Edge Flange Weld
An edge joint where a curved edge meets a square edge. It is most common for the Edge Flange Weld joint to be used on pipe or tube work when attaching a flange to its respectable pipe or tube. If this is the case, skillful preparation is required in the form of a 45-degree bevel placed around the inner circumference of the flange, which is then tacked to the pipe or tube to create the joint. This joint, when used on pipe or tube work, generally requires a skilled tradesperson to prepare and weld it as many processes are important to understand. When this joint is utilized on other materials, the process is simpler and preparation may not be required.
This joint is exactly what it sounds like, two parallel pieces of metal are tacked together overlapping one over another and that’s it, the Lap Joint is complete! They can be welded solely on one side of the joint or on both although this depends on the job’s reinforcement requirements and also on whether it is functionally possible. This joint is most often found useful when working on lighter materials such as aluminum and stainless steel but can also be utilized on specific heavyweight materials. If preparation is looked over on materials such as carbon steel, rust can occur under the overlap creating major problems in the future.
Only one of the two overlapping joints is welded. This joint is only recommended for when the strength is unimportant on the job at hand. Single fillets are the most economical of the Lap Joints and require little preparation being commonly used on sheet metal parts in basic production line work.
Both sides of the joint are welded in the Double fillet. This joint is literally twice the strength of the Single Fillet making it a much more trustworthy option when it comes to long-lasting durability and can be useful for materials with thicknesses of up to 20mm where a decent weld is laid.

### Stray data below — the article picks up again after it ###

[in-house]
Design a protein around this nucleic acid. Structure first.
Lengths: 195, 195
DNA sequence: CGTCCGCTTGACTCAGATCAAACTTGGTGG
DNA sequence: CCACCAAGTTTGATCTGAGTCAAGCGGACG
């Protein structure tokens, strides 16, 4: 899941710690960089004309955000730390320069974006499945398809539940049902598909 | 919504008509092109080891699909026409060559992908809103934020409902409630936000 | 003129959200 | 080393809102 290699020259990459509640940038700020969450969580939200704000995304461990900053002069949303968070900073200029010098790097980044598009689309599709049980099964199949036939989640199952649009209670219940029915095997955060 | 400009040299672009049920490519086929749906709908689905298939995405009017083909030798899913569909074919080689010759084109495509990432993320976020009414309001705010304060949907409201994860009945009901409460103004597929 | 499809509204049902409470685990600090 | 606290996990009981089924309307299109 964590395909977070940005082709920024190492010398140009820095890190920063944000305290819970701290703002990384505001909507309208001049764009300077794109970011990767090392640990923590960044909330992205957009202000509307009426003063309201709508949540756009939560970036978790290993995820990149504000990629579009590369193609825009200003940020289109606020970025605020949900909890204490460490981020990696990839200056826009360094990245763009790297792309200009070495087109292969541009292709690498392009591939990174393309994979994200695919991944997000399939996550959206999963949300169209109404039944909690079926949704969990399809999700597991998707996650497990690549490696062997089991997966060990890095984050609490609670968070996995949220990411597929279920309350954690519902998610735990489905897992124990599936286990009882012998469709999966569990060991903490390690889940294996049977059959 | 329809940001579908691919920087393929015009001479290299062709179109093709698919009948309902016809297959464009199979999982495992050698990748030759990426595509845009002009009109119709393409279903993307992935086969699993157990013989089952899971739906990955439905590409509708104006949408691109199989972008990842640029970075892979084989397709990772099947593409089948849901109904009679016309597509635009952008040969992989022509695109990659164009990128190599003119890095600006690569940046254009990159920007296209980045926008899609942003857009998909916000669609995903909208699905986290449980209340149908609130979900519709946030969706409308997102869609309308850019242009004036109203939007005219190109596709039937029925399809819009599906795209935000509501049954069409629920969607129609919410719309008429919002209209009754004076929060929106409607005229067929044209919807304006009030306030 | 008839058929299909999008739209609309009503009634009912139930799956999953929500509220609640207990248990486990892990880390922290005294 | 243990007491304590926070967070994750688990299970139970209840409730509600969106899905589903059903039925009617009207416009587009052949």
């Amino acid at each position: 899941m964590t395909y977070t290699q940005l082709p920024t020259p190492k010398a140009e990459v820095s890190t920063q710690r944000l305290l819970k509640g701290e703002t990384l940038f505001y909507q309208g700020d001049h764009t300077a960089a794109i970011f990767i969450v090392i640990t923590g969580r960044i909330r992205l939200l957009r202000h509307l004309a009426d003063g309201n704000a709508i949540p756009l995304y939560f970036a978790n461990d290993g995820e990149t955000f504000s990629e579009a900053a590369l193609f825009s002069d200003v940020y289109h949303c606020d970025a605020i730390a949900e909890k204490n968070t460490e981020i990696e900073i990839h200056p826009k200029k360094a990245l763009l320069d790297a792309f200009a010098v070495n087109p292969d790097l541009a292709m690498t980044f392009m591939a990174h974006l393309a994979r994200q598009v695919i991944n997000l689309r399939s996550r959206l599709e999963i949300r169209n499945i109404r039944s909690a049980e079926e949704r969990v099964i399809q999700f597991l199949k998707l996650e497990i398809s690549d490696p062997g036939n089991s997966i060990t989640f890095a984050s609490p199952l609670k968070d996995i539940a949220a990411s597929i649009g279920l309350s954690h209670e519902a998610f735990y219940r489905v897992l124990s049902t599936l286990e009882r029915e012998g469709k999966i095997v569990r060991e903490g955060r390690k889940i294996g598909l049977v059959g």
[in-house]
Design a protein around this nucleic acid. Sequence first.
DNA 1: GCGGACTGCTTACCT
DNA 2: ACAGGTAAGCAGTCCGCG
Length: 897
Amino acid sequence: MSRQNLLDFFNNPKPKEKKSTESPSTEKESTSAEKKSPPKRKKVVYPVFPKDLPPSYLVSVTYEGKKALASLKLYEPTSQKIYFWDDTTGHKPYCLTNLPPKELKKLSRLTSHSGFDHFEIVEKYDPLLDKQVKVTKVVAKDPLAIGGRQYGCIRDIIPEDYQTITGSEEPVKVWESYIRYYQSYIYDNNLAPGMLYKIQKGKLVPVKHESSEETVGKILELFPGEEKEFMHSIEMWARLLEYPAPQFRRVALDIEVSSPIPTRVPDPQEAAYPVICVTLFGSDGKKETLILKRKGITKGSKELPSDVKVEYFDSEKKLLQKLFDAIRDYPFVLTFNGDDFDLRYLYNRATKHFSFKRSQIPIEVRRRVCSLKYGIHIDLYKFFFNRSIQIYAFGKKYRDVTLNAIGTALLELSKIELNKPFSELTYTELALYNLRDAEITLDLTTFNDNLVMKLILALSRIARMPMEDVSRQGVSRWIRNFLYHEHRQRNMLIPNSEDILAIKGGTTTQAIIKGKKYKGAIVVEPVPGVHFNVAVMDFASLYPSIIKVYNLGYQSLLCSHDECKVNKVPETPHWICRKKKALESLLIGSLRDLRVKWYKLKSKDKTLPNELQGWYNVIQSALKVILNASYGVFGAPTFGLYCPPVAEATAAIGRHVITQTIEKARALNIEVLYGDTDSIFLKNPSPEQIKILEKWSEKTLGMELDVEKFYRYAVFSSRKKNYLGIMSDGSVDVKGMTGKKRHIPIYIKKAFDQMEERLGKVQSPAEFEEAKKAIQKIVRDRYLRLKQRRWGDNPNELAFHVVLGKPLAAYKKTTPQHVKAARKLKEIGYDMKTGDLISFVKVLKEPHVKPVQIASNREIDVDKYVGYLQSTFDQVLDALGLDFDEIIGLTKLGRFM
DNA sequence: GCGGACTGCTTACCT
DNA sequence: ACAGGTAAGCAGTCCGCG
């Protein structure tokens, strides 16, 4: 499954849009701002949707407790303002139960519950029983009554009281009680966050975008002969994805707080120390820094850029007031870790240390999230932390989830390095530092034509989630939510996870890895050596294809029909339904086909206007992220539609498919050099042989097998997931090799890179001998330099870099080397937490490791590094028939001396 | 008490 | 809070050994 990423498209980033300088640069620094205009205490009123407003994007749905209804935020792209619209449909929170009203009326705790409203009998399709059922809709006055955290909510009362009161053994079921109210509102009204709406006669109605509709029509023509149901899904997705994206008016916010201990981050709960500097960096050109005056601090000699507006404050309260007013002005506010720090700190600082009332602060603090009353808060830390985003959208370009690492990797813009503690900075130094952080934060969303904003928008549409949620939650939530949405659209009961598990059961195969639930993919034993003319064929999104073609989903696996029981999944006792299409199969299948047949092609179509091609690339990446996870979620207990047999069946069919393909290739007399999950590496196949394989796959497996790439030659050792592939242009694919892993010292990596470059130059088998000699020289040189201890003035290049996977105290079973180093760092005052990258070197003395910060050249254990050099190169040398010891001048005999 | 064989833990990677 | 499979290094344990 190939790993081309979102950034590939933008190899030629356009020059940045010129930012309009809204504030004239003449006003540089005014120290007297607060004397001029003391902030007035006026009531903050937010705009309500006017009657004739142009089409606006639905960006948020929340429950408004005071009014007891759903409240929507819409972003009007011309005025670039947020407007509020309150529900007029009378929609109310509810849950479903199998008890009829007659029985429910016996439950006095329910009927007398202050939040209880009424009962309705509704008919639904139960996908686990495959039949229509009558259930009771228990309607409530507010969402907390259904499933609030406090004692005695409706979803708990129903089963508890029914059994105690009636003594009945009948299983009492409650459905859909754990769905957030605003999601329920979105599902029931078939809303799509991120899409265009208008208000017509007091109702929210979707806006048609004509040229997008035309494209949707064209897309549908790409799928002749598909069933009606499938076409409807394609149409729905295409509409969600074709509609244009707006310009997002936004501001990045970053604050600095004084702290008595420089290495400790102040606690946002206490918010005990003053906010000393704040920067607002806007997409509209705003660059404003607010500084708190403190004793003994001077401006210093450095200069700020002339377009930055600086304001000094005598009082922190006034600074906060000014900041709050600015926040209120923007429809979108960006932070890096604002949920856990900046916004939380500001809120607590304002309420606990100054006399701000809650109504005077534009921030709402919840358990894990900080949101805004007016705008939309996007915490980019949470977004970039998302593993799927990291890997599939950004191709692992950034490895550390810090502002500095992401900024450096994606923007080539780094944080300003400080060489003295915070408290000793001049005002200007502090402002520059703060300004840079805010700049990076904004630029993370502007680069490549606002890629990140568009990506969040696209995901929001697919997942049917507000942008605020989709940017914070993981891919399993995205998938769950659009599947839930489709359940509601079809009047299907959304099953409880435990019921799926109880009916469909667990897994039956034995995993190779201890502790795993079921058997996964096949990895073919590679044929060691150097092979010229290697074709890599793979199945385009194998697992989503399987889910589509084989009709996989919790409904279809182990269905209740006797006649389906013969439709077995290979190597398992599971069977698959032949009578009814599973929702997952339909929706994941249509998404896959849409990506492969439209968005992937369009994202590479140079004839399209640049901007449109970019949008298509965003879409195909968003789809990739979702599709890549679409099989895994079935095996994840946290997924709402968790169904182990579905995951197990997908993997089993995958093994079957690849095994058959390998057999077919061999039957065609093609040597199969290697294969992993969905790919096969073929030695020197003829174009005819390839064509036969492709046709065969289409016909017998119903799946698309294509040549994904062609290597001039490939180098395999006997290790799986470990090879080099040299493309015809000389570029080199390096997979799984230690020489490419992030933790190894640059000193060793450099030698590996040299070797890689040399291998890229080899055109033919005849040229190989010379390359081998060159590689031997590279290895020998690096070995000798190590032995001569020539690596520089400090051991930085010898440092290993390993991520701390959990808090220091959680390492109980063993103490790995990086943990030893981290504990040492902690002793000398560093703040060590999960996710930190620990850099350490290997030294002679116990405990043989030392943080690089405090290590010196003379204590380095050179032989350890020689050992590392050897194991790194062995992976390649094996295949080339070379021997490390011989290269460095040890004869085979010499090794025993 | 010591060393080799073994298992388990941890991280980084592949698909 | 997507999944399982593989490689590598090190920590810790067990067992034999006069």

The creation of the Tee Joint is obtained when two metals physically intercept anywhere on the surface of one another making a right angle or T shape. They are never intercepting at the edge of one of the metals as that would make it a Corner joint.
Tee Joints can be welded on one or two sides depending on the requirements of the job at hand. When both sides are welded the joint is exceptionally strong being able to withstand large amounts of stress or pressure making it ideal for heavy fabrication work. Weld penetration is important with Tee Joints and it is very easy to lay counterproductive welds when careless with welding procedures. With light materials, such as stainless steel, it is easy to over-penetrate the steel which will result in creating “cauliflowers”. These can be extremely problematic when working on food-grade products so having an understanding of the properties of the material itself when working on Tee Joints is of importance.
The basic version of the Tee Joint where no preparation is needed. This is with the exception of when both sides of the joint need to be welded and, in this case, tacking the other side of the joint may be necessary to prevent the trunk of the T from moving when heat is applied.
A J-shaped bevel is created on the edge of the metal which is to be tacked under the head of the T. The J Grooves preparation makes the joint a durable option as you must weld a root run and the multiple welds on top of this.
A singular 45-degree bevel is made on the metal to be below the head of the T. This Joint is ideal for welding materials, where making the connection between the two is sometimes difficult such as thicknesses and metal type differences.
Double Bevel Groove
The Double Bevel Groove is excellent for particularly heavy materials where strength is of the utmost importance. To make this joint, two 45-degree bevels with a flat tip are created on the edge of one of the metals (then it is tacked below the head of the T). Bevel grooves can be used on all materials ranging in thicknesses of 2mm – 20mm+.
Flare Bevel Groove
A curved edge meets a square edge with the Flare Bevel Groove. Depending on job requirements and the layout of the joint, 1-3 welds can be laid on this joint giving it longevity as a joint but perhaps not aesthetically pleasing at times.